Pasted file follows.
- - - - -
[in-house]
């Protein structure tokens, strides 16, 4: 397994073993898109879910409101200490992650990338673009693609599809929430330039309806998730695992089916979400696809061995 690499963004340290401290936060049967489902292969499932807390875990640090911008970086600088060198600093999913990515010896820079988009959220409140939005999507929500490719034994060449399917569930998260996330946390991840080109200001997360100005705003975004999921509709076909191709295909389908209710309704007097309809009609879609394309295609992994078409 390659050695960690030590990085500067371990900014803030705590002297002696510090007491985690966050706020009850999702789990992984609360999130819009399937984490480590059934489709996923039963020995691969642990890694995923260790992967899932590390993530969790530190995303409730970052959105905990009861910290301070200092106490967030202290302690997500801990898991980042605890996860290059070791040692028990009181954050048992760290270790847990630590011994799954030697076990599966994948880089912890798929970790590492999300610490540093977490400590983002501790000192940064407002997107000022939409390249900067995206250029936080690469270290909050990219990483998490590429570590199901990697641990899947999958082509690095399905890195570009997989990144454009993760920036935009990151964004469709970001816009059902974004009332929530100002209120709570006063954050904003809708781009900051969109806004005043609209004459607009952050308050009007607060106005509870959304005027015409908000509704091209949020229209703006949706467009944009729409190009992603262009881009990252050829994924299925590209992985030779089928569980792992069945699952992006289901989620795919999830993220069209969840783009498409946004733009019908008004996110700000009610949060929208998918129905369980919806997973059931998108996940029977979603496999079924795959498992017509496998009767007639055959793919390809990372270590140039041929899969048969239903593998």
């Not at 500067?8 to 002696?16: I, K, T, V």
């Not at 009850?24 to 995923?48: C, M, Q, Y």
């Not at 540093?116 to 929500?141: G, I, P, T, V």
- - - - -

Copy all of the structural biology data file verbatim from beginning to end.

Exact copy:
[in-house]
């Protein structure tokens, strides 16, 4: 397994073993898109879910409101200490992650990338673009693609599809929430330039309806998730695992089916979400696809061995 690499963004340290401290936060049967489902292969499932807390875990640090911008970086600088060198600093999913990515010896820079988009959220409140939005999507929500490719034994060449399917569930998260996330946390991840080109200001997360100005705003975004999921509709076909191709295909389908209710309704007097309809009609879609394309295609992994078409 390659050695960690030590990085500067371990900014803030705590002297002696510090007491985690966050706020009850999702789990992984609360999130819009399937984490480590059934489709996923039963020995691969642990890694995923260790992967899932590390993530969790530190995303409730970052959105905990009861910290301070200092106490967030202290302690997500801990898991980042605890996860290059070791040692028990009181954050048992760290270790847990630590011994799954030697076990599966994948880089912890798929970790590492999300610490540093977490400590983002501790000192940064407002997107000022939409390249900067995206250029936080690469270290909050990219990483998490590429570590199901990697641990899947999958082509690095399905890195570009997989990144454009993760920036935009990151964004469709970001816009059902974004009332929530100002209120709570006063954050904003809708781009900051969109806004005043609209004459607009952050308050009007607060106005509870959304005027015409908000509704091209949020229209703006949706467009944009729409190009992603262009881009990252050829994924299925590209992985030779089928569980792992069945699952992006289901989620795919999830993220069209969840783009498409946004733009019908008004996110700000009610949060929208998918129905369980919806997973059931998108996940029977979603496999079924795959498992017509496998009767007639055959793919390809990372270590140039041929899969048969239903593998």
């Not at 500067?8 to 002696?16: I, K, T, V």
């Not at 009850?24 to 995923?48: C, M, Q, Y």
């Not at 540093?116 to 929500?141: G, I, P, T, V």